Also, when mutation against 3TC develops, the resulting mutant virus is impaired, it does not replicate as rapidly and become more susceptible to other agents in the combination therapy.
ML: At what point during the research process did you realise that you had made a major discovery?
GD: The first event was in 1989 when the US National Cancer Institute (a division of the US National Institute of Health) conducted a comparative evaluation of all the anti-HIV molecules in development around the world, and concluded the 3TC was the most promising one, and was chosen for a collaboration between our two respective organisations. This, of course, was based on in vitro (test tube) results and there were a lot of unknowns in this early stage of development.
The second event was November 1994, with the results of the 3TC+AZT combination. Then we realised that this would make a huge difference for people living with HIV/AIDS.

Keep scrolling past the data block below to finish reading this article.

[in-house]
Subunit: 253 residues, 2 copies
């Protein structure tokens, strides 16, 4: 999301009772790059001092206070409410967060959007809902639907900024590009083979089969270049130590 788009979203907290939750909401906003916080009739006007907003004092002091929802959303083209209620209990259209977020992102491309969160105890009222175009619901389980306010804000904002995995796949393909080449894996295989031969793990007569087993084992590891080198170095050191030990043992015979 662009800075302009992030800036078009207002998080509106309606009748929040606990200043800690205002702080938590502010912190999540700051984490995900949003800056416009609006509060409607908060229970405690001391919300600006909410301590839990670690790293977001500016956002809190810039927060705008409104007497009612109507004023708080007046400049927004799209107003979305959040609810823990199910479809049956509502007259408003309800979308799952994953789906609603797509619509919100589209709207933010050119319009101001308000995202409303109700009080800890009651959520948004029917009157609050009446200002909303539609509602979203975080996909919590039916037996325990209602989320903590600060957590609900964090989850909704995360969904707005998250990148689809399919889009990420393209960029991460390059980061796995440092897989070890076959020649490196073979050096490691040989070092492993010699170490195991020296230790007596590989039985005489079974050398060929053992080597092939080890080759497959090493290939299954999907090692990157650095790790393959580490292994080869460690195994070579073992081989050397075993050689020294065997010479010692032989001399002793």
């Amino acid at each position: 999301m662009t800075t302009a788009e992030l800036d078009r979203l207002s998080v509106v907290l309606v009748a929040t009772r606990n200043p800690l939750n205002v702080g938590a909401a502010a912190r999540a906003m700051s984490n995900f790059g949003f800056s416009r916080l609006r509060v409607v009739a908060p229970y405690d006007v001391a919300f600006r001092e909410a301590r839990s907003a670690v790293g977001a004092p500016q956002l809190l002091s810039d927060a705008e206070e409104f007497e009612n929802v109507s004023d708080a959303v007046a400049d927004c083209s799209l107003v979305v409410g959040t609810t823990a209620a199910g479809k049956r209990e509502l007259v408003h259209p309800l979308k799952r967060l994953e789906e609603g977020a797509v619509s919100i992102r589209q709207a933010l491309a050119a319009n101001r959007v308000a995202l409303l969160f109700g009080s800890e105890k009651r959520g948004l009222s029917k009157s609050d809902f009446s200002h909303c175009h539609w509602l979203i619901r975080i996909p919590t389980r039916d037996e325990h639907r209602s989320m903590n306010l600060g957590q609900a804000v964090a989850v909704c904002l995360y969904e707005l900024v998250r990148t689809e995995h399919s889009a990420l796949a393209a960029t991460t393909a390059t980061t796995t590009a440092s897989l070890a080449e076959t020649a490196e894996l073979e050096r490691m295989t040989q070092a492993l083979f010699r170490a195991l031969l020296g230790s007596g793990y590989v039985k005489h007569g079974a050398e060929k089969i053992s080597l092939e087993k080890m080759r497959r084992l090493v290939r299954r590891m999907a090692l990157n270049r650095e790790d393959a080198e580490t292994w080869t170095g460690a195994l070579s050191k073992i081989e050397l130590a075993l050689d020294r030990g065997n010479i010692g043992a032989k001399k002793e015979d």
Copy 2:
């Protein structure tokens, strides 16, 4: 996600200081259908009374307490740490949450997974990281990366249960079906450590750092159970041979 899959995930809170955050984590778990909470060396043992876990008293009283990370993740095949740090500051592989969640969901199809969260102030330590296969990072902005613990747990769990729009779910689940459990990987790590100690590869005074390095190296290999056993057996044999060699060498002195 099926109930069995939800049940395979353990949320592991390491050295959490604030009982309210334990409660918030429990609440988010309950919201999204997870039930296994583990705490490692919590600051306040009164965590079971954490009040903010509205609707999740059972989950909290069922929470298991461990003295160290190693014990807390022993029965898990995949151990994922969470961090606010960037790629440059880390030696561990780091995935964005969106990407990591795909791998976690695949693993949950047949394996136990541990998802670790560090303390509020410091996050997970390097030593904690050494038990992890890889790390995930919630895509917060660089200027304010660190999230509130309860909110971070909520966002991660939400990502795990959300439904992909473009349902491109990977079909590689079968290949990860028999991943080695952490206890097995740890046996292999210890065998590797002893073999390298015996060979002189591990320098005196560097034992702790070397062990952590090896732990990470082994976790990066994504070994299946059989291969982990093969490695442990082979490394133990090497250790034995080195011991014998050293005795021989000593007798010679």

ML: Can you describe the feeling of such a medical finding, that contributes to saving lives?
GD: The best reward in my life was when I met with patients who told me that when they were on AZT they were very sick in a hospital bed and had no hope, but under 3TC combination therapy they were back home, living an almost normal life, going to restaurants, cinema, travelling …
ML: How has the treatment of AIDS advanced since the eighties?
GD: The early tri-therapies were complex and difficult to take (many pills three times per day). Today tri-therapies are very simple: one pill once per day.
ML: What path did you take after this? What other projects have you been involved in?
GD: In 2004, I started another company with a BioChem Pharma colleague (Francois Legault) for the financial side of the operation. The company was ViroChem Pharma and we were conducting research in HIV, but mostly in Hepatitis C. Our team discovered several potent anti-HCV compounds, and one of them proved to be very powerful against the Hepatitis C virus in humans. The results attracted a lot of attention and interest in the industry and an American company acquired ViroChem Pharma in 2009.